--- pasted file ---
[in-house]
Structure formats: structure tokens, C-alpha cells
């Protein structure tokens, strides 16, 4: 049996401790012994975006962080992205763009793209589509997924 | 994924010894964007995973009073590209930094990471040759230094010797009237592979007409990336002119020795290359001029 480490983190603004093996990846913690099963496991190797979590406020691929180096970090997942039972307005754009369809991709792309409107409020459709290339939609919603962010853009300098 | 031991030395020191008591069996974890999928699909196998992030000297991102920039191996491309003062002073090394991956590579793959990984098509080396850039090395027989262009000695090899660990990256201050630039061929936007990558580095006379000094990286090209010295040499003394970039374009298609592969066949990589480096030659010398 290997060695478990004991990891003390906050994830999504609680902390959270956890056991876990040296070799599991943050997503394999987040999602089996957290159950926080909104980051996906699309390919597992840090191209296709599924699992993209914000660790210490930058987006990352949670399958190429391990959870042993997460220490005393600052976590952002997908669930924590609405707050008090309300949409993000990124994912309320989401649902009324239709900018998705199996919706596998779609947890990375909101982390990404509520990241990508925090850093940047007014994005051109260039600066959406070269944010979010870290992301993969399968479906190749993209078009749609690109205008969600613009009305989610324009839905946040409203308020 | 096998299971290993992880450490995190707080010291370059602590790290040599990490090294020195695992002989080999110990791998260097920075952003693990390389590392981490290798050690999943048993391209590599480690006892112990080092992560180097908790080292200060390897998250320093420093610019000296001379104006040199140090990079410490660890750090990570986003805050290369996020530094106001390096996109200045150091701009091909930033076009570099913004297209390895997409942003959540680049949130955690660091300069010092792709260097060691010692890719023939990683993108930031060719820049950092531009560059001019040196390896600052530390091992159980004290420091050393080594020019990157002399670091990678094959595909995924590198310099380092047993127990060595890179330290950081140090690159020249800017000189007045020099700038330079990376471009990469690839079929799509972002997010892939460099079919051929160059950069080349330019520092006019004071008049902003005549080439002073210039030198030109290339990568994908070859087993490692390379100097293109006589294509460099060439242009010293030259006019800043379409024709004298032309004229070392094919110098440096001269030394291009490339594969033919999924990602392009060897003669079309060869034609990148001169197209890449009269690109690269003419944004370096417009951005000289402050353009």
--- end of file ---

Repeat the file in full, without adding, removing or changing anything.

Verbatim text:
[in-house]
Structure formats: structure tokens, C-alpha cells
């Protein structure tokens, strides 16, 4: 049996401790012994975006962080992205763009793209589509997924 | 994924010894964007995973009073590209930094990471040759230094010797009237592979007409990336002119020795290359001029 480490983190603004093996990846913690099963496991190797979590406020691929180096970090997942039972307005754009369809991709792309409107409020459709290339939609919603962010853009300098 | 031991030395020191008591069996974890999928699909196998992030000297991102920039191996491309003062002073090394991956590579793959990984098509080396850039090395027989262009000695090899660990990256201050630039061929936007990558580095006379000094990286090209010295040499003394970039374009298609592969066949990589480096030659010398 290997060695478990004991990891003390906050994830999504609680902390959270956890056991876990040296070799599991943050997503394999987040999602089996957290159950926080909104980051996906699309390919597992840090191209296709599924699992993209914000660790210490930058987006990352949670399958190429391990959870042993997460220490005393600052976590952002997908669930924590609405707050008090309300949409993000990124994912309320989401649902009324239709900018998705199996919706596998779609947890990375909101982390990404509520990241990508925090850093940047007014994005051109260039600066959406070269944010979010870290992301993969399968479906190749993209078009749609690109205008969600613009009305989610324009839905946040409203308020 | 096998299971290993992880450490995190707080010291370059602590790290040599990490090294020195695992002989080999110990791998260097920075952003693990390389590392981490290798050690999943048993391209590599480690006892112990080092992560180097908790080292200060390897998250320093420093610019000296001379104006040199140090990079410490660890750090990570986003805050290369996020530094106001390096996109200045150091701009091909930033076009570099913004297209390895997409942003959540680049949130955690660091300069010092792709260097060691010692890719023939990683993108930031060719820049950092531009560059001019040196390896600052530390091992159980004290420091050393080594020019990157002399670091990678094959595909995924590198310099380092047993127990060595890179330290950081140090690159020249800017000189007045020099700038330079990376471009990469690839079929799509972002997010892939460099079919051929160059950069080349330019520092006019004071008049902003005549080439002073210039030198030109290339990568994908070859087993490692390379100097293109006589294509460099060439242009010293030259006019800043379409024709004298032309004229070392094919110098440096001269030394291009490339594969033919999924990602392009060897003669079309060869034609990148001169197209890449009269690109690269003419944004370096417009951005000289402050353009």